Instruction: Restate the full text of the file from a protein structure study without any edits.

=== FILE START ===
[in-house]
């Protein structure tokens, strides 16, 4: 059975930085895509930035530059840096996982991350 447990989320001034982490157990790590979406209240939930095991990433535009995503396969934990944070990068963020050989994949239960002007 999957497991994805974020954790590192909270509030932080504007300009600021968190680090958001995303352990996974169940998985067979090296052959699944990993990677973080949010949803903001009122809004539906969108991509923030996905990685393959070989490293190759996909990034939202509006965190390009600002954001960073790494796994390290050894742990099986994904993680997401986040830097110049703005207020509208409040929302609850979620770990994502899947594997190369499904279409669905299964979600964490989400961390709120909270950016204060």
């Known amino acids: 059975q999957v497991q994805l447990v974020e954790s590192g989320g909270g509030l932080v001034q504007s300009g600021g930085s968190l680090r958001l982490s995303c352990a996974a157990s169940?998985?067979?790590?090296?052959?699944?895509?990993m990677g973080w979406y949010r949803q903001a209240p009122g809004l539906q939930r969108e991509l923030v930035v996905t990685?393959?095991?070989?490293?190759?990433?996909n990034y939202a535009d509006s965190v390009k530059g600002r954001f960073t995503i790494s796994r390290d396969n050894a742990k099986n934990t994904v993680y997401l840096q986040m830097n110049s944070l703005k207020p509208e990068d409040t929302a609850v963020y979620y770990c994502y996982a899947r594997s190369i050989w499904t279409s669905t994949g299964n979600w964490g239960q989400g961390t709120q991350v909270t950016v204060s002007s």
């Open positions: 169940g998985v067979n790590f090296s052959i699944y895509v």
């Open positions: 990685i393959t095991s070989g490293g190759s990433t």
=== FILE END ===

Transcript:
[in-house]
């Protein structure tokens, strides 16, 4: 059975930085895509930035530059840096996982991350 447990989320001034982490157990790590979406209240939930095991990433535009995503396969934990944070990068963020050989994949239960002007 999957497991994805974020954790590192909270509030932080504007300009600021968190680090958001995303352990996974169940998985067979090296052959699944990993990677973080949010949803903001009122809004539906969108991509923030996905990685393959070989490293190759996909990034939202509006965190390009600002954001960073790494796994390290050894742990099986994904993680997401986040830097110049703005207020509208409040929302609850979620770990994502899947594997190369499904279409669905299964979600964490989400961390709120909270950016204060």
């Known amino acids: 059975q999957v497991q994805l447990v974020e954790s590192g989320g909270g509030l932080v001034q504007s300009g600021g930085s968190l680090r958001l982490s995303c352990a996974a157990s169940?998985?067979?790590?090296?052959?699944?895509?990993m990677g973080w979406y949010r949803q903001a209240p009122g809004l539906q939930r969108e991509l923030v930035v996905t990685?393959?095991?070989?490293?190759?990433?996909n990034y939202a535009d509006s965190v390009k530059g600002r954001f960073t995503i790494s796994r390290d396969n050894a742990k099986n934990t994904v993680y997401l840096q986040m830097n110049s944070l703005k207020p509208e990068d409040t929302a609850v963020y979620y770990c994502y996982a899947r594997s190369i050989w499904t279409s669905t994949g299964n979600w964490g239960q989400g961390t709120q991350v909270t950016v204060s002007s």
């Open positions: 169940g998985v067979n790590f090296s052959i699944y895509v």
């Open positions: 990685i393959t095991s070989g490293g190759s990433t």